Infographics

    Endemic Birds of Cuba [Infographic]

    September 20, 2017 | Infographics

    According to a story in USA Today, some 85 million Americans enjoy watching and/or photographing birds, ranking it 15th on the list of the most popular activities. A 2011 survey by the US Fish and Wildlife Service found that around 18 million people each year take trips exclusively for birdwatching, with many participating in competitions to spot as many species as possible.

    Read More

    Raja Ampat, Indonesia
    Blog Post

    25 Fascinating Facts About Coral Reefs Around the World

    September 15, 2017 | Blog Post

    If you’ve spent any time snorkeling or scuba diving in places like Australia, the Galápagos Islands, or

    Read More

    Who was Ferdinand Magellan?
    Blog Post

    Patagonia Glaciers: An Icy Wonderland at the Edge of the Americas

    September 14, 2017 | Blog Post

    Glaciers account for some of the most jaw-dropping scenery on the planet. There are glaciers on every continent on Earth; but the most impressive are usually found in polar and high alpine regions, where cooler temperatures allow them to grow to colossal sizes. The Patagonia glaciers are among the most iconic scenes of life in southern Argentina and Chile.

    Read More

  • Easter Island
    Blog Post

    Birth of Easter Island's Birdman Cult

    September 6, 2017 | Blog Post

    In 2013, new digital imaging technology allowed scientists from the University of Southampton to more closely study the Hoa Hakana­nai'a statue in London’s British Museum.

    Read More

    Local Boy, Essequibo River, Guyana
    Blog Post

    Carib Indians and Other Indigenous Communities of Guyana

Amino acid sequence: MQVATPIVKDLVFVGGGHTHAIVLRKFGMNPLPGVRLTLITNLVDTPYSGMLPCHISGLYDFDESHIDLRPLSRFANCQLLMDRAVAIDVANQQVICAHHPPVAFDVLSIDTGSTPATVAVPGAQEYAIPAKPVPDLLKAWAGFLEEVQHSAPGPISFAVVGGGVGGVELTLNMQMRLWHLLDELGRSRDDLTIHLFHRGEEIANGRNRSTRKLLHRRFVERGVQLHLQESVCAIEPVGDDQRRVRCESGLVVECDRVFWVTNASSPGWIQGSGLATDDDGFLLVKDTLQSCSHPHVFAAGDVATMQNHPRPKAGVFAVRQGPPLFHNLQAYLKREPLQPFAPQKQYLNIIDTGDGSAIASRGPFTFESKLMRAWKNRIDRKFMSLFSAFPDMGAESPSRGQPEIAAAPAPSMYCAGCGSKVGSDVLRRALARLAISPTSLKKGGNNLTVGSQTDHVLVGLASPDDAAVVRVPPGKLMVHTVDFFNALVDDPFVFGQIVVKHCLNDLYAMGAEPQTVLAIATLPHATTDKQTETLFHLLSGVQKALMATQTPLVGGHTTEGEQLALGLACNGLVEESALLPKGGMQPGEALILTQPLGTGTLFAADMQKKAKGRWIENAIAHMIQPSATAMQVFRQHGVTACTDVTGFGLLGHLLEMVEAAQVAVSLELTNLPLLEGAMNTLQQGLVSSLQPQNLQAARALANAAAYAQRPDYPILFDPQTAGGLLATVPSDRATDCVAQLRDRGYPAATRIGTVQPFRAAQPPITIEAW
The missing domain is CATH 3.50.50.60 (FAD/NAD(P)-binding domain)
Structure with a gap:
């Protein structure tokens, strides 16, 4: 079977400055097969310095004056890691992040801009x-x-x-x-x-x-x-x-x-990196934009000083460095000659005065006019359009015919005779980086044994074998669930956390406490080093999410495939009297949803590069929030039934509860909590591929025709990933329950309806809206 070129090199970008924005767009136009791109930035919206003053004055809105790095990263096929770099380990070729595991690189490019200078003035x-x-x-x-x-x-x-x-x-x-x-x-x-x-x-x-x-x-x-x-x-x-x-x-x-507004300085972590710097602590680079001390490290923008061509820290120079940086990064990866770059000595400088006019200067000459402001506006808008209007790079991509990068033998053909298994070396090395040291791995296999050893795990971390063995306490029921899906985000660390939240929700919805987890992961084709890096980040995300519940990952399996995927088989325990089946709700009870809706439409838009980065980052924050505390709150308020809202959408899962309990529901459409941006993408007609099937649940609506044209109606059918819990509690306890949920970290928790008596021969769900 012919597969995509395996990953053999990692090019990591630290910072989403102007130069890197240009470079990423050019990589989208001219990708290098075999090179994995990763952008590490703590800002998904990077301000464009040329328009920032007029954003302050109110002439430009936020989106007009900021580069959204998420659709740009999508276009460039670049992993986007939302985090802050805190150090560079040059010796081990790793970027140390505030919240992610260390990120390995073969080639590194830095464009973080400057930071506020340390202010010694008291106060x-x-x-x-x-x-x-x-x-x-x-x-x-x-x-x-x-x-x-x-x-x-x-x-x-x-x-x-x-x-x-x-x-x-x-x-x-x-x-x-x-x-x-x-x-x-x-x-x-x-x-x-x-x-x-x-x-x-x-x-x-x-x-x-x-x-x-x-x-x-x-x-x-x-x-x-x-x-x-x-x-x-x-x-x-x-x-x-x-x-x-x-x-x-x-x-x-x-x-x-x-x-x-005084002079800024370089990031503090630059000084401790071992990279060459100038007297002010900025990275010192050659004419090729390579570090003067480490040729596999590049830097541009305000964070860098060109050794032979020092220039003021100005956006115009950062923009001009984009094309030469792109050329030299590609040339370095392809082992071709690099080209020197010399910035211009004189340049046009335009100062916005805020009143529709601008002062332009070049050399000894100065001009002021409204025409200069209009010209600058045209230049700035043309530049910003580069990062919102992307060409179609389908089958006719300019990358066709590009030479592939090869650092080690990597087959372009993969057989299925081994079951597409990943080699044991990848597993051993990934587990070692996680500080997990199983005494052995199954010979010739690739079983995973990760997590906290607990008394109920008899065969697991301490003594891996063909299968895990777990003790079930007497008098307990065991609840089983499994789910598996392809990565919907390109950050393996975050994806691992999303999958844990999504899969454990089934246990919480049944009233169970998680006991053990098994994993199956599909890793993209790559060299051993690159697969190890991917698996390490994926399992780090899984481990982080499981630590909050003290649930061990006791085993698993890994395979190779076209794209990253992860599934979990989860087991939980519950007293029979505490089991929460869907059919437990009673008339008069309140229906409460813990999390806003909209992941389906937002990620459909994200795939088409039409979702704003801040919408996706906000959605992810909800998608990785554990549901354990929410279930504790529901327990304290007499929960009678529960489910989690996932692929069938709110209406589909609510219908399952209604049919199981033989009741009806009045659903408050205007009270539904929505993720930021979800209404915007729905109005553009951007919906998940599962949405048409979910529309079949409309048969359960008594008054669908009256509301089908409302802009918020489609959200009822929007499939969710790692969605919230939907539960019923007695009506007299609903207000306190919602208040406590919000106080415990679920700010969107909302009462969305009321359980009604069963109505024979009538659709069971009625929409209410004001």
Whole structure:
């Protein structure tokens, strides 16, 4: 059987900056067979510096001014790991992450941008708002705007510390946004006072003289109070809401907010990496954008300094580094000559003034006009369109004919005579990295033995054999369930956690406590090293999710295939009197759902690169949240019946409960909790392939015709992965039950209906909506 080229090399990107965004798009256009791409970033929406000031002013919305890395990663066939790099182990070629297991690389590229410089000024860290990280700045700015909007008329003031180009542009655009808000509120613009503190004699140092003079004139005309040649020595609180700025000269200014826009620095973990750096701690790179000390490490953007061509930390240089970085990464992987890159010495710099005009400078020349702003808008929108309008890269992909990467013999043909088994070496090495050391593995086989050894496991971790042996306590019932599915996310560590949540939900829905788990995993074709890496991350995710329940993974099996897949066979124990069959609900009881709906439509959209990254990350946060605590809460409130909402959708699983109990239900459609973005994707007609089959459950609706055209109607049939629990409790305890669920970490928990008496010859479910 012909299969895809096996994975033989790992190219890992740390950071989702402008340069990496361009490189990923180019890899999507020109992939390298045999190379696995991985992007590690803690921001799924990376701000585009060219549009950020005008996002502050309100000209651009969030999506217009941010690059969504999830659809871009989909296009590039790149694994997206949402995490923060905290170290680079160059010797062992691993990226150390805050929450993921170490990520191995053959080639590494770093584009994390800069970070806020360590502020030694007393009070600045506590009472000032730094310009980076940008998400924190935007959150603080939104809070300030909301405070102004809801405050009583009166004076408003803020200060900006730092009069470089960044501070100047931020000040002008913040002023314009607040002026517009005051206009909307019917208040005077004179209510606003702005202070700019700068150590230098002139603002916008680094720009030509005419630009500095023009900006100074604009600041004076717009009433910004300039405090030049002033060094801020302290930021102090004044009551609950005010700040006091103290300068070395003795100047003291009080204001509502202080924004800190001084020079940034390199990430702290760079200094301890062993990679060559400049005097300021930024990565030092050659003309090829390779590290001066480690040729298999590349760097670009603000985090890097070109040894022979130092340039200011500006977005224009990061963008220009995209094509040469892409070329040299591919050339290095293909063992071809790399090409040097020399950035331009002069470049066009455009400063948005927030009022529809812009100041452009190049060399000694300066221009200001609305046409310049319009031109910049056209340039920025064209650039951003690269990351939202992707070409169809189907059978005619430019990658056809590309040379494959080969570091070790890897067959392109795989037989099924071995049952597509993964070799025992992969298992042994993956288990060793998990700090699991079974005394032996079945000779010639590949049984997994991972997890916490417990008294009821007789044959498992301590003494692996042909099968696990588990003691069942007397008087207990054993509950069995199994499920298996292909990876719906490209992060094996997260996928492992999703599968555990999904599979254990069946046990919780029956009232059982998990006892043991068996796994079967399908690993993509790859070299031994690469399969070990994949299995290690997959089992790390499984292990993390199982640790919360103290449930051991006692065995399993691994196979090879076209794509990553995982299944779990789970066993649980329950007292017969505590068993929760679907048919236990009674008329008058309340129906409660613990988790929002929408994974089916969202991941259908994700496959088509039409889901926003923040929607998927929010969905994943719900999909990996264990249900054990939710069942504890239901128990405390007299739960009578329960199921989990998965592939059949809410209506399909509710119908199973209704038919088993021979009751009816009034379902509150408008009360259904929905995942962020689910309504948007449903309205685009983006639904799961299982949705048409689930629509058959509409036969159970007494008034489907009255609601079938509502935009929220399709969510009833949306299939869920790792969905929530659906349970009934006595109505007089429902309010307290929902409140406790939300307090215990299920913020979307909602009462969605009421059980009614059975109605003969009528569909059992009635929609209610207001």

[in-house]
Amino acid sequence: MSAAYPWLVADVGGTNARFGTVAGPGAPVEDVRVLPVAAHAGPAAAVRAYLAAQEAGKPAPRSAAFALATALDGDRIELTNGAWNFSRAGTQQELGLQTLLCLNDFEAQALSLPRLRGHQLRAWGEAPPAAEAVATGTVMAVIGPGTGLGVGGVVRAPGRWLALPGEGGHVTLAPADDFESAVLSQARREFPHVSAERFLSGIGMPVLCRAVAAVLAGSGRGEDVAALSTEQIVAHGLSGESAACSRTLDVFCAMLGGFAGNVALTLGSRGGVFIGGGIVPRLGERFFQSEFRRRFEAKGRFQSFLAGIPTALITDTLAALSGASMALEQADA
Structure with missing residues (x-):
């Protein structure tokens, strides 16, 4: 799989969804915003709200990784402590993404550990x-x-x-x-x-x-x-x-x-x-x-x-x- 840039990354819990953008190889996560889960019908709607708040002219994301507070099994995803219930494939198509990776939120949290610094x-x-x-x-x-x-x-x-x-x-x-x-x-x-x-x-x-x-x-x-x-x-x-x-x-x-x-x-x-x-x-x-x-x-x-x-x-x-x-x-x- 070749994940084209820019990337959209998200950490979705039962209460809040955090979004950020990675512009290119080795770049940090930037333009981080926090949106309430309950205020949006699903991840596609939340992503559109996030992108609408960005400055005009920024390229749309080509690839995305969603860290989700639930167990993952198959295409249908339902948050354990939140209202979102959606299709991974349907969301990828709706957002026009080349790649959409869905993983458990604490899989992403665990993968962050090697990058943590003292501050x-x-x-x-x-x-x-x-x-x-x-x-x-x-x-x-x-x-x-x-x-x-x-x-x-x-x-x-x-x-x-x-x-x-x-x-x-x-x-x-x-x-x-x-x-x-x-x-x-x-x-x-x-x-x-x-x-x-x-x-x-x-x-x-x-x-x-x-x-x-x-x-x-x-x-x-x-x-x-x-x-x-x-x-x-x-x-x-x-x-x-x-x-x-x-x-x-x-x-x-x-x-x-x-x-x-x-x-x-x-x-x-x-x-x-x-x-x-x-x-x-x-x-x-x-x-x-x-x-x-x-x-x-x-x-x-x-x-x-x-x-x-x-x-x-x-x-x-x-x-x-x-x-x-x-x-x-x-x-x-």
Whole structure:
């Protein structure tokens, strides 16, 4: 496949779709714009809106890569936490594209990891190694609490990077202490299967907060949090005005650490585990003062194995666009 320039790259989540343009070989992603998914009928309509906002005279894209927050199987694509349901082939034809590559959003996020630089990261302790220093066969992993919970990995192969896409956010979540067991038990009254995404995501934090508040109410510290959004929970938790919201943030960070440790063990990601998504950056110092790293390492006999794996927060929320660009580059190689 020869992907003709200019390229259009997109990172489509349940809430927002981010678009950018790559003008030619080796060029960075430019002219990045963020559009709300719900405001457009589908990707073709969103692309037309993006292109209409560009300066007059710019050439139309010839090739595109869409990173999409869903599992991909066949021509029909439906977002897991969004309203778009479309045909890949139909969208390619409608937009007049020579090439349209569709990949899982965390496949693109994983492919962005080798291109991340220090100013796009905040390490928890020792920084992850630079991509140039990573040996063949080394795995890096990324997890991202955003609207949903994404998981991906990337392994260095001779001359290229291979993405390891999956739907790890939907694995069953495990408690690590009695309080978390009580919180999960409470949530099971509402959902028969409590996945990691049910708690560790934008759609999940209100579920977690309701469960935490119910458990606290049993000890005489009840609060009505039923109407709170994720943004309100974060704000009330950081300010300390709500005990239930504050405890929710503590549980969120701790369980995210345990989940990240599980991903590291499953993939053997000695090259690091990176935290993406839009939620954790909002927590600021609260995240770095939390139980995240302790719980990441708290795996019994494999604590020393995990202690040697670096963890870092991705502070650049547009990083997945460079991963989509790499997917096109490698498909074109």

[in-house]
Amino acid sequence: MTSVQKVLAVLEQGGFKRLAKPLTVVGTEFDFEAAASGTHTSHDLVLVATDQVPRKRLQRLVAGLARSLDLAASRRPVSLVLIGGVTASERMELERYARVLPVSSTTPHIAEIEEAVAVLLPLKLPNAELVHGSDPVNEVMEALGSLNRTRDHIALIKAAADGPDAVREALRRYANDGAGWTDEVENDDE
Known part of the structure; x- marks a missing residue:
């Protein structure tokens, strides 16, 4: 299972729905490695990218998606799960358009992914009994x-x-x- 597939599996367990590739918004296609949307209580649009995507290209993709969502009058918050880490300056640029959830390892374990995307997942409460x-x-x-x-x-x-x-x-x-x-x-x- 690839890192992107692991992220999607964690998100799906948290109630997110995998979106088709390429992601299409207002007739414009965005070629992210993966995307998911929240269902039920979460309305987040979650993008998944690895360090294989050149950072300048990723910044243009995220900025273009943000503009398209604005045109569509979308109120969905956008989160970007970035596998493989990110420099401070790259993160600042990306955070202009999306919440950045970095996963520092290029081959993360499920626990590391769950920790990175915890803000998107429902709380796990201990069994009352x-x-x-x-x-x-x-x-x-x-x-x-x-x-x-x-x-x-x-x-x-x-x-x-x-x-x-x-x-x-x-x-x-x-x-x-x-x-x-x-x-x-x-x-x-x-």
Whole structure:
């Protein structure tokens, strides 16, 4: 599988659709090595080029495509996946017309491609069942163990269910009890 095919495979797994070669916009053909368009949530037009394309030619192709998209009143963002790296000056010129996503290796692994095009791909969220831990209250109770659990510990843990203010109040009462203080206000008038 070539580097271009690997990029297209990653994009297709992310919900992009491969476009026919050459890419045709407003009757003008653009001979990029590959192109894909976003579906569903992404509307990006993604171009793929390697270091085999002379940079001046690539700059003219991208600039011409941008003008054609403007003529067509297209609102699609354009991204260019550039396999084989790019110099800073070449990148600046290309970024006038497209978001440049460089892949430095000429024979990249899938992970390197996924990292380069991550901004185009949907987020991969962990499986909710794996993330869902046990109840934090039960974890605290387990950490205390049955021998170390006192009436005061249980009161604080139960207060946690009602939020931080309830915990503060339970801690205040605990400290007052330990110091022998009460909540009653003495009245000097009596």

September 5, 2017 | Blog Post

    They settled in Guyana upward of 3,000 years ago, producing masterful carvings, ceramics, and reed basketwork. They were known as fierce warriors, aggressively protecting their territory in northern South America, as well as the island region that now bears their name, the Caribbean.

    Read More

    San Blas Archipelago, Panama
    Blog Post

    Snorkeling in Cuba & Panama: A Q&A with Marine Biologist, Jack Grove

    September 1, 2017 | Blog Post

    Snorkeling and scuba diving rank among the world’s most popular travel activities, particularly in tropical regions such as Central America and the Caribbean.

    Read More

  • Island Sky
    Blog Post

    The World's Best Small-Ship Cruises

    August 24, 2017 | Blog Post

    The cruise industry tends to favor a “bigger is better” approach, with behemoth 5,000 to 6,000-guest ships becoming the new norm.

    Read More

    Isla Coiba, Panama
    Blog Post

    Endemic Birds of Cuba & Panama: A Birdwatcher's Checklist

    August 21, 2017 | Blog Post

    According to a story in USA Today, some 85 million Americans enjoy watching and/or photographing birds, ranking it 15th on the list of the most popular activities.

    Read More

    Georgetown, Guyana
    Blog Post

    Guyana - From Colonial Roots to Caribbean Republic

    August 18, 2017 | Blog Post

    If the third time’s a charm, then Christopher Columbus’s third voyage to the “New World” definitely delivered one of the Caribbean’s most captivating discoveries: Guyana. Columbus spotted Guyana’s coast during his 1498 journey, although Spanish conquistador Alonso de Ojeda would be the first European to set foot in the country a year later.

    Read More

  • San Blas Archipelago, Panama
    Blog Post

    The Best Caribbean Islands for Seeking Seclusion

    August 15, 2017 | Blog Post

    Mass tourism can be a major buzzkill. Many Caribbean destinations have been tainted by overdevelopment, with major cruise lines unleashing thousands of travelers swarming their bustling colonial cities. But the best Caribbean islands offer visitors a chance to get away from the crowds and savor the peaceful tranquility of unspoiled nature.

    Read More

    Jaguar
    Blog Post

    Guyana's Jaguar, Nature Unleashed

    August 10, 2017 | Blog Post

    It has been clocked at astonishing speeds, particularly on long straightaways. A hugely successful racing model, its compact, sturdy frame is a marvel of efficiency that puts the competition to shame.

    Read More

    Antarctic Sunset
    Blog Post

    The Best Places for Stargazing Around the World

    July 25, 2017 | Blog Post

    On August 21, the moon will pass in front of the sun and the sky will turn completely dark in the middle of the day. Total solar eclipses like this occur approximately once every 18 months, but they’re usually only visible from less than half a percent of the Earth’s surface. This will be the first total solar eclipse visible in the United States since 1979.

    Read More